They have become part of the history of the Inter-Mountain West because of the damage they caused to the crops of the Mormon settlers. There are a handful of accounts from the mid-19th Century telling of millions of these crickets devouring the sorely needed crops of pioneer families. 

In desperation, these inexperienced farmers prayed for relief whereupon hundreds (perhaps thousands) of gulls descended on the crickets en-masse. Accounts tell of the birds engorging themselves to the point of regurgitation, only to return to the arthropod feast and eat some more. There is a monument to these avian miracles on Temple Square in downtown Salt Lake City.

And, for whatever reason, the efficiency of the gulls seems to gain even more traction because nobody sees the crickets anymore. Most members of the Mormon Church know the story of the Mormon crickets, but very few could ever recognize one of the insects even if they saw it. The reason seems clear enough. Almost nobody ever does see one.

They are primarily restricted to the tops of high mountains – above tree-line. I have seen them on a few occasions as I have climbed some of the peaks in Colorado and Utah. But it seems that they only come down into cultivated areas rarely or in a few isolated places.

I have come to look upon the time of our lucky encounter with these insects with soberness. It combined the discovery of an uncommon creature with a sacred tradition. And the result somehow made the whole experience much more poignant.

I don’t believe that we have to be in the presence of something rare to experience this thrill. If this were true, very few of us would ever experience it. Some people may never experience it with living things. Perhaps they know the thrill from seeing an original Rembrandt painting or a rare golden coin. These can all be very exciting.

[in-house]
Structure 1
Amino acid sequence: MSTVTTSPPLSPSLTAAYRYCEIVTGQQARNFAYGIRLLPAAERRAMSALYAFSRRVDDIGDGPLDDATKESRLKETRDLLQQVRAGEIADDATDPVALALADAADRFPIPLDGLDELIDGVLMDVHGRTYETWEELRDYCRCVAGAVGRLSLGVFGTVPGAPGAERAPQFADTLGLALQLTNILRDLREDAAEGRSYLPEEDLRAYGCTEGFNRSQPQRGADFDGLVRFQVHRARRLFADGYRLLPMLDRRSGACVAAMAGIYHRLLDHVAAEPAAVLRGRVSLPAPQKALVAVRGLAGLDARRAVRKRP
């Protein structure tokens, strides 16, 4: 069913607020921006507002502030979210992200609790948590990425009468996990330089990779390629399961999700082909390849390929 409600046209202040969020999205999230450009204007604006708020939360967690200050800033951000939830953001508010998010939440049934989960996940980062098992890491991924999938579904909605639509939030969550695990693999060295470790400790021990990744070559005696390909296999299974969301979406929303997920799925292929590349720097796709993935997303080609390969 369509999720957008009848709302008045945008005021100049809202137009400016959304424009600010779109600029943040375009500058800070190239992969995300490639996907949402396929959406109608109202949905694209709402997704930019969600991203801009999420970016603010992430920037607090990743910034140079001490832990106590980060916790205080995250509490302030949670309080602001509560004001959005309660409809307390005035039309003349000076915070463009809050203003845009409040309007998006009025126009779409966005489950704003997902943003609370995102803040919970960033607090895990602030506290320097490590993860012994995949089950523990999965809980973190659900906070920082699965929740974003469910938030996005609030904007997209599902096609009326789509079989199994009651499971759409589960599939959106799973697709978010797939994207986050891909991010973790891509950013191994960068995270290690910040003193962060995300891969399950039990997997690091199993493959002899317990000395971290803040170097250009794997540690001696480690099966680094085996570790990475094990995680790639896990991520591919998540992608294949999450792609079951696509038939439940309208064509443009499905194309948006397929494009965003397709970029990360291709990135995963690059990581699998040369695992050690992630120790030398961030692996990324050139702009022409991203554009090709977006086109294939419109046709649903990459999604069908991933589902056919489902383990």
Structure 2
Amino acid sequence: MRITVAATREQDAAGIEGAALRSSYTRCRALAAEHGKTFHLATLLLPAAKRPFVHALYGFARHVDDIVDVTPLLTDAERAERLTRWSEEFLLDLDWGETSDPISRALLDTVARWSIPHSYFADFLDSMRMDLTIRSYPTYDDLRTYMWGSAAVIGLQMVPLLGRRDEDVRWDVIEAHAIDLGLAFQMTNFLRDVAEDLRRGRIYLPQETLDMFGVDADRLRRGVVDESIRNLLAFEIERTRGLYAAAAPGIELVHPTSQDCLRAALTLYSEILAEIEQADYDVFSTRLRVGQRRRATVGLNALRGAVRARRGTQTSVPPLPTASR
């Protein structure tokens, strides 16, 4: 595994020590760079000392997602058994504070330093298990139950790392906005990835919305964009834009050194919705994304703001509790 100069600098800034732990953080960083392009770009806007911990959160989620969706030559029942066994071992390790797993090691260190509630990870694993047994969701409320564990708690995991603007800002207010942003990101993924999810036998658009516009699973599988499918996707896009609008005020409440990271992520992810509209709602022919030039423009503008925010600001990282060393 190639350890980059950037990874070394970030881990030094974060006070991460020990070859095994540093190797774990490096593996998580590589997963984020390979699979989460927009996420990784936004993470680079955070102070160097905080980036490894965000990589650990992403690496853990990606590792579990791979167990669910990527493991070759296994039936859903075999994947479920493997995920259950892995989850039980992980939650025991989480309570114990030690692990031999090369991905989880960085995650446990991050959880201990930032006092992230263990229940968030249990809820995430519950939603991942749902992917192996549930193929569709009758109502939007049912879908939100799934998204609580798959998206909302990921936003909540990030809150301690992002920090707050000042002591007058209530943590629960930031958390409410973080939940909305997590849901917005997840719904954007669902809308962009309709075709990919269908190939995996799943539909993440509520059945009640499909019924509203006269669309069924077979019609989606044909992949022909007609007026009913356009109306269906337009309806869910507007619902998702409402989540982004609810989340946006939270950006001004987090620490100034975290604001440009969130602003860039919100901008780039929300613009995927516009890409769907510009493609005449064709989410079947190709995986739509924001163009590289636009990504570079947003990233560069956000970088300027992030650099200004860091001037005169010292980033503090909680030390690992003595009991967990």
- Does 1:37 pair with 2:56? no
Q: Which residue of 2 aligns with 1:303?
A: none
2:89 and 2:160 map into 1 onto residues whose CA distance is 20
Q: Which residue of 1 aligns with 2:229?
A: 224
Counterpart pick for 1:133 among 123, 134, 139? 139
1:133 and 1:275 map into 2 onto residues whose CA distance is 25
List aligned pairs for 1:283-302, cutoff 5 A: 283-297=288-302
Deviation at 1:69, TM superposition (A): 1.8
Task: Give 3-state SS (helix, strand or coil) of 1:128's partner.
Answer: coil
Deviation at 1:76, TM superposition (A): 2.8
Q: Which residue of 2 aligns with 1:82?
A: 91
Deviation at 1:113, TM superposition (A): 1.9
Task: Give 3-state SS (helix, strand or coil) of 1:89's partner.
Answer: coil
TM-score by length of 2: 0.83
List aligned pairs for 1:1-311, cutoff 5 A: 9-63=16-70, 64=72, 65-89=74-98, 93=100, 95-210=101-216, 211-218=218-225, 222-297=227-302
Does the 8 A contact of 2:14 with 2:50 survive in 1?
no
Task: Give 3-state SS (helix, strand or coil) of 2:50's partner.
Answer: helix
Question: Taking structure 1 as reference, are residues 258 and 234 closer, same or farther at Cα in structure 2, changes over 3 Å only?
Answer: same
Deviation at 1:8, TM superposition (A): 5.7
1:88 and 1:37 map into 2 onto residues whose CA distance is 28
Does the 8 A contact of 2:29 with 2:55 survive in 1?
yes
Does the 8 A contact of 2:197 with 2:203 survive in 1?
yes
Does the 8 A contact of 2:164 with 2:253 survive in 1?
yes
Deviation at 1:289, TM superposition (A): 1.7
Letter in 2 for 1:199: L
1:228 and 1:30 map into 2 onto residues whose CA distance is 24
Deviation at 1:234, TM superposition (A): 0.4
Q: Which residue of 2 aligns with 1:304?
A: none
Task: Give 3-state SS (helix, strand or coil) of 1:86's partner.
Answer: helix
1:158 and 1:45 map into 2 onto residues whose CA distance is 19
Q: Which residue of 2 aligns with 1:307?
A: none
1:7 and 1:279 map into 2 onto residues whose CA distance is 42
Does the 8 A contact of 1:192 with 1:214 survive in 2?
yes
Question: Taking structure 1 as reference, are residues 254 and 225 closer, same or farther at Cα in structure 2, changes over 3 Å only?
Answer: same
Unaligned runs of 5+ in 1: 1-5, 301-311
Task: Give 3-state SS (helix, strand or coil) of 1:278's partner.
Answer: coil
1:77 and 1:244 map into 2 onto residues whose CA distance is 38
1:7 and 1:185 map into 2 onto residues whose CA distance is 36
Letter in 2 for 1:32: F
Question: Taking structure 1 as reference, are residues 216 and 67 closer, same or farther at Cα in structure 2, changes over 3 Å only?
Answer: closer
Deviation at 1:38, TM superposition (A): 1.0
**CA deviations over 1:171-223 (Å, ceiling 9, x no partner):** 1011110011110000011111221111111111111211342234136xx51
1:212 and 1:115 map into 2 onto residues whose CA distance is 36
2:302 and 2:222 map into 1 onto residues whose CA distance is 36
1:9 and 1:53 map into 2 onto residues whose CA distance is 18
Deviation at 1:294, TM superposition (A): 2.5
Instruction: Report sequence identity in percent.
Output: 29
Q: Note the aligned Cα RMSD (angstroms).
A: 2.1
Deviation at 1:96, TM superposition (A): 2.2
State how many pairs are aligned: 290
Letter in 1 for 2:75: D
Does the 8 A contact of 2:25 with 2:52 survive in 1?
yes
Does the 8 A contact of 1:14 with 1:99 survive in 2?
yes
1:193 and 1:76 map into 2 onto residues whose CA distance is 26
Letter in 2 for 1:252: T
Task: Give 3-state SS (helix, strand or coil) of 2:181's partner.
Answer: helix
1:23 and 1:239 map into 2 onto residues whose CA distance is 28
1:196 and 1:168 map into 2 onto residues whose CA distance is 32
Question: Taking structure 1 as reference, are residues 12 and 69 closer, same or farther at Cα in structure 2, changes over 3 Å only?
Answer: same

Finding an uncommon being, however, should be an extra meaningful experience among followers of the Judeo/Christian tradition. The Creation, after all, is part of our theology. A rare painting is not. Seeking them out can be one of life’s great pleasures.

It can also be addicting, although finding them can hardly be predicted. The hope, however, that I might find something unusual often compels me to start looking through maps and planning my next trip only days after I return from my last junket into the wild. I can never get enough. And I think we are made this way for a reason. We are supposed to be inspired by sacred things.


The New Testament references to Peter are in Acts 10:14 and 28. The reference in Hebrews is in Chapter 7, verse 26. On Gaston’s definition of rarity see, What is Rarity?; in, Kunin and Gaston’s The Biology of Rarity, Chapman and Hall, 1997. Ackerman’s quote on rarity from The Rarest of the Rare is in the introduction (on page xviii). You’ll have to excuse me for the phrase “a crackle of Mormon crickets” but I couldn’t resist the urge to use James Lipton’s interesting phrase (and a very appropriate phrase in our case of treaded insects). His book, An Exaltation of Larks, is a wonderful collection of nouns of multitude – or terms of venery as Lipton prefers. For a detailed account of the “Miracle of the gulls” see William Hartley’s “Mormons, Crickets, and Gulls: A New Look at an Old Story,” Utah Historical Quarterly 38 (summer 1970): 224-239.

Tuesday, October 22, 2013

Was Jonah Taken by a Humpback Whale?

The account of Jonah and the whale is one of the most memorable stories in the Bible. To a child, it captures the imagination like the story of Daniel being thrown into the lions’ den, or of Noah gathering all the animals – tame and fierce alike – into the ark. It isn’t a story that one forgets.

As a young biology student, however, I confess that I occasionally had my doubts about some of the details as I began thinking about marine ecology, and especially about the specifics of whale biology. I know that many other Christian thinkers have had their doubts as well. Many of us have come to understand the story in metaphorical ways.

This is easy to do because the New Testament almost invites this kind of interpretation. In the Gospel of Matthew Jonah’s three days and three nights inside the whale foreshadowed the three days and three nights that Christ spent inside the earth prior to His resurrection (Matthew 12: 39-40). Many devout thinkers have interpreted this to mean that Jonah didn’t really get swallowed by a whale.